Journal of Asian Studies editor Vinayak Chaturvedi works with an Editorial Assistant in the JAS office at the University of California, Irvine. Kyle David held this position during the 2018-19 academic year. He has recently stepped down, but remains with the JAS as Book Review Editor for the Transnational and Comparative Asia section. Clare Gordon Bettencourt is the new JAS EA. Both are students in the Department of History, where David is completing a dissertation on childhood studies in modern China and Gordon Bettencourt is writing on the history of America’s food identity standards. In this interview for #AsiaNow, the two speak with each other about their academic interests and Journal of Asian Studies experiences.
Clare Gordon Bettencourt: What brought you to childhood studies?
Kyle David: In trying to explain the ebbs and flows of political violence that punctuated the reign of Mao Zedong, scholars have provided a variety of explanations, including personal animus, opportunism, and adherence to revolutionary principles. While this work has enriched our understanding of how adults understood and responded to revolution, it has left unexamined a critical stage of the life course that weighs heavily on our decision-making as adults: childhood.
My work goes back to the rise of Chinese Communist power during the Second Sino-Japanese War (1937-1945) and Chinese Civil War (1946-1949) to ask three major questions. First, what type of childhood did left-leaning Chinese intellectuals and those affiliated with the Communist government imagine for the children under their jurisdiction? Second, what institutions did these adults devise in attempts to realize their ideal-type children? And lastly, what effect, if any, did these institutions have on the lives of the flesh-and-blood children that resided in rural Communist-held territories? By juxtaposing an ideal-type historical construct with accounts of what live children reportedly did and said, my work moves the historiography of Chinese children and childhood beyond the realm of intellectual history and focuses it on the lived experience of the first generation of children to be fully raised within the socialist system.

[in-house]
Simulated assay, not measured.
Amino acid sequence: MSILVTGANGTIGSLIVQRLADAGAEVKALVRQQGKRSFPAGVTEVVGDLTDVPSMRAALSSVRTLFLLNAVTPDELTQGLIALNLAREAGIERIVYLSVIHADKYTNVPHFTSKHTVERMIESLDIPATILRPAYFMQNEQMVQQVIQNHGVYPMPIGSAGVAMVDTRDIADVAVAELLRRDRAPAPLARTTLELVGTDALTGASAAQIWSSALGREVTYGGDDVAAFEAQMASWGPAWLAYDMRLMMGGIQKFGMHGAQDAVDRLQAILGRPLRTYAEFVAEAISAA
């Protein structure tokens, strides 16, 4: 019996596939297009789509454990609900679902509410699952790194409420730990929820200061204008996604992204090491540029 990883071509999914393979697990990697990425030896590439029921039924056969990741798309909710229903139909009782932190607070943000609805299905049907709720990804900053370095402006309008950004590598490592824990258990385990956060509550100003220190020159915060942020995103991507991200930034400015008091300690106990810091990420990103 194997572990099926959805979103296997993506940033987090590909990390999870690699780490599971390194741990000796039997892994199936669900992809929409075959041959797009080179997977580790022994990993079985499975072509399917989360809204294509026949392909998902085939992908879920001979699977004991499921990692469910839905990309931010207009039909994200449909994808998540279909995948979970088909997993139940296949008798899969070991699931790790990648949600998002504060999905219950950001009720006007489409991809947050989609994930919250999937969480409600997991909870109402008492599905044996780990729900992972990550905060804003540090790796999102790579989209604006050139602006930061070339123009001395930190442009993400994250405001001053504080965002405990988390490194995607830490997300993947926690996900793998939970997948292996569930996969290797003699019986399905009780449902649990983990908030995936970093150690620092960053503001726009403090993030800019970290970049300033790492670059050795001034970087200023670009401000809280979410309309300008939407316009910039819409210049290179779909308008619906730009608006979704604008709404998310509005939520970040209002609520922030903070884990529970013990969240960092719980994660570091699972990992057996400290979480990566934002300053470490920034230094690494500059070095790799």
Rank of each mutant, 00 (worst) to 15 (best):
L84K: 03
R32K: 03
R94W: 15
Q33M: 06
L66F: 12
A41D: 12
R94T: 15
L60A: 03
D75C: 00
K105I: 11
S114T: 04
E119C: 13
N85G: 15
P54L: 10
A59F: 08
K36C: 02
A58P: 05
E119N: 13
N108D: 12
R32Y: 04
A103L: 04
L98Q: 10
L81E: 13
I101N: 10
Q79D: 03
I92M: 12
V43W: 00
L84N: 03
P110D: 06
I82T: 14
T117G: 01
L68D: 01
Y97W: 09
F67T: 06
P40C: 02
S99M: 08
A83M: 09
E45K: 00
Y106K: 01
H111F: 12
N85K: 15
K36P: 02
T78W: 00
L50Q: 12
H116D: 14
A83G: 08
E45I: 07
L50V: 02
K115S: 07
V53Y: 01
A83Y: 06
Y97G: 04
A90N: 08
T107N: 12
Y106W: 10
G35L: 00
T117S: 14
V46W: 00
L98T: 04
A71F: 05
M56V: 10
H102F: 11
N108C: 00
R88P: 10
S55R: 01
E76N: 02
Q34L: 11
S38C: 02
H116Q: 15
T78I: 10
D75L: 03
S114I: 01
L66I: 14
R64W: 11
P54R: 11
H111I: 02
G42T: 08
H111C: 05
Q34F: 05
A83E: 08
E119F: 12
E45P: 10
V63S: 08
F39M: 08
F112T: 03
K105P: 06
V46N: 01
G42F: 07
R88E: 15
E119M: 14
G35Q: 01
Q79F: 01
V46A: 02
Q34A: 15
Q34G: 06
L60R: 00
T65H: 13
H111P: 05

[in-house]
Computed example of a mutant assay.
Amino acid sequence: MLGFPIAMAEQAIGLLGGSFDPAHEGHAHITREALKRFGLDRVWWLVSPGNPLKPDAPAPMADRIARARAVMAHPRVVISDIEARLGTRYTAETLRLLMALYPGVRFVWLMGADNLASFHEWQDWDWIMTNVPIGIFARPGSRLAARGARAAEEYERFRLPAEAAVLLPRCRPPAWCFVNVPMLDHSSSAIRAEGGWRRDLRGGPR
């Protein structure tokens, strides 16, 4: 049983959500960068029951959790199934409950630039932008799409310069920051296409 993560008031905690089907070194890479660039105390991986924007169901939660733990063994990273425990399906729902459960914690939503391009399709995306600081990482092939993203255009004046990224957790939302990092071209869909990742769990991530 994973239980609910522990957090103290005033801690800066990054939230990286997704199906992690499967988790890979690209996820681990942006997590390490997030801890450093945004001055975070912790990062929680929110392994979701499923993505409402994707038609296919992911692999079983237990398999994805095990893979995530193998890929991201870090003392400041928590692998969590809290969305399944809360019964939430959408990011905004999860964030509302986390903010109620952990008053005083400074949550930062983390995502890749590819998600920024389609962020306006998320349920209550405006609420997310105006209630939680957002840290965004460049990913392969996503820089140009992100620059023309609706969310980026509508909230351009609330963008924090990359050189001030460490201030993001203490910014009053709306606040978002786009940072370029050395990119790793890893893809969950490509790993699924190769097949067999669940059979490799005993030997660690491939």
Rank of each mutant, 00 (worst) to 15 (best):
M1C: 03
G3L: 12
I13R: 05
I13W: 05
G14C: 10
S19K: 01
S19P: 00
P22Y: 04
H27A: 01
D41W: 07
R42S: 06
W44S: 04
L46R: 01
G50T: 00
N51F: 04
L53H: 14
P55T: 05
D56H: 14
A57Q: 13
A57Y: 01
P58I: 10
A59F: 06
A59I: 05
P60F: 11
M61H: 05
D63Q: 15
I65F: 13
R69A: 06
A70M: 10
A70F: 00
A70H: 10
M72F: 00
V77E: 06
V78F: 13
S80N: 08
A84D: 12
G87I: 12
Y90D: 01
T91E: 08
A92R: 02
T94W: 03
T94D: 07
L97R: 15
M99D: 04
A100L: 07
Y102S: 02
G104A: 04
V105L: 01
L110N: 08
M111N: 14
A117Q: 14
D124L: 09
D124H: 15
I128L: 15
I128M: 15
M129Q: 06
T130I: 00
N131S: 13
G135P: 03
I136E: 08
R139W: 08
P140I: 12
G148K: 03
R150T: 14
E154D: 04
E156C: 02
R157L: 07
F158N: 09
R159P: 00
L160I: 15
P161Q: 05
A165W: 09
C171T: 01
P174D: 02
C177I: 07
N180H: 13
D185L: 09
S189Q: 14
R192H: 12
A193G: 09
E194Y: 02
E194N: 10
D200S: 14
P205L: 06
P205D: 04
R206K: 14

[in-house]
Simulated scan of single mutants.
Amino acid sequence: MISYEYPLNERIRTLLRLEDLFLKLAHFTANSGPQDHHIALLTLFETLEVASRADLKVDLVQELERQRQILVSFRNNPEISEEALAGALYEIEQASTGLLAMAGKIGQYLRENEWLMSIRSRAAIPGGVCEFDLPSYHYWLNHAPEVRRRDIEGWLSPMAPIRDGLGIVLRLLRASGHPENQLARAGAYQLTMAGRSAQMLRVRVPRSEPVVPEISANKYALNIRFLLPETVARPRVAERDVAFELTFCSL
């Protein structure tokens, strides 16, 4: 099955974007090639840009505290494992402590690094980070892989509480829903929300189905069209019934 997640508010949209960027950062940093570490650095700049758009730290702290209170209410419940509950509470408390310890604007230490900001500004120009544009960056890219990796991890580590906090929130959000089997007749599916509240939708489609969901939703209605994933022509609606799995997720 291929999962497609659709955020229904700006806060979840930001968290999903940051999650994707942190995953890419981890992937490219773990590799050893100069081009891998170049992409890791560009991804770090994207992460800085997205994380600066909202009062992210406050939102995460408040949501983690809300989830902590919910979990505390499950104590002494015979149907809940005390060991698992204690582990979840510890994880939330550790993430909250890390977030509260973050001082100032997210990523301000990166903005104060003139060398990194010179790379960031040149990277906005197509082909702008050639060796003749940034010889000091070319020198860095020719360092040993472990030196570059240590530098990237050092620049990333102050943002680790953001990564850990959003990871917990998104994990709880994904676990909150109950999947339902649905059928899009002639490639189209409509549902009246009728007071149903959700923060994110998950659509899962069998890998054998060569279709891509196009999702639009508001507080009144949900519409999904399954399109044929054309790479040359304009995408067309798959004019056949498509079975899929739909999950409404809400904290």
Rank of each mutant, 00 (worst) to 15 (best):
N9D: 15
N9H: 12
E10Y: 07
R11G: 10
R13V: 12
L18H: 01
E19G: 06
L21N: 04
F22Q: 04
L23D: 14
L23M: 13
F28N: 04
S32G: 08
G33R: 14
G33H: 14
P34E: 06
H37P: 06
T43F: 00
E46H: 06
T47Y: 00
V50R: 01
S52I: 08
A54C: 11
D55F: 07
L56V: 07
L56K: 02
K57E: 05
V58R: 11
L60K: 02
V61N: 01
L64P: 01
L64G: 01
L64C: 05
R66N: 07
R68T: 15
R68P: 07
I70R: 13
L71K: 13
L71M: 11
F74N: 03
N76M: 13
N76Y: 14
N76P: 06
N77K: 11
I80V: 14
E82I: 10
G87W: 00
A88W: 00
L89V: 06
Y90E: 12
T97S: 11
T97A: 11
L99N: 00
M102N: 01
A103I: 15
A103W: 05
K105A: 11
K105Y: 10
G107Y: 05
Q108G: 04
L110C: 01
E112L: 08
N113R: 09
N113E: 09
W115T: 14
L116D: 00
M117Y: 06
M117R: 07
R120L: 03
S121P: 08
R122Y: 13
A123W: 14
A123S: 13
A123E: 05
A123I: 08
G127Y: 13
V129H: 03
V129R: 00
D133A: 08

David: How about you? What whet your appetite for food studies?
Gordon Bettencourt: I decided to pursue food studies seriously after working for Whole Foods Market for several years. I worked for Whole Foods at a very particular moment—the rise of Slow Food, and increasing influence of figures like Michael Pollan—and in a very particular place—the Bay Area. The customers I worked with were very distrustful of the American food system. I was fascinated by their attitude and I wanted to better understand where this distrust came from. All of the literature I could find pinned this change to “industrialization.” I wanted to find out more about what this actually meant, so I decided to focus on American pure food legislation. Many people know the story of Upton Sinclair’s The Jungle and the passage of the Pure Food and Drug Act of 1906 from their U.S. history survey course, but what I’ve found in that is just the beginning of the story! In 1938 the Pure Food and Drug Act was repealed and replaced by the Food, Drug and Cosmetic Act, which is still in effect today. My research looks at the food identity standard provision of the law. This provision allows the Food and Drug Administration to set regulations around food names, so, for example, if a manufacturer wants to call a product “ice cream” there are rules about the amount of butterfat that must be present for it to legally be “ice cream.” Otherwise it has to be called “imitation ice cream” or “frozen dairy dessert.” Standards are the reason you see names on American foods like “macaroni product” and “pasteurized process cheese food.”
Gordon Bettencourt: What intersections do you see between childhood studies and Asian studies?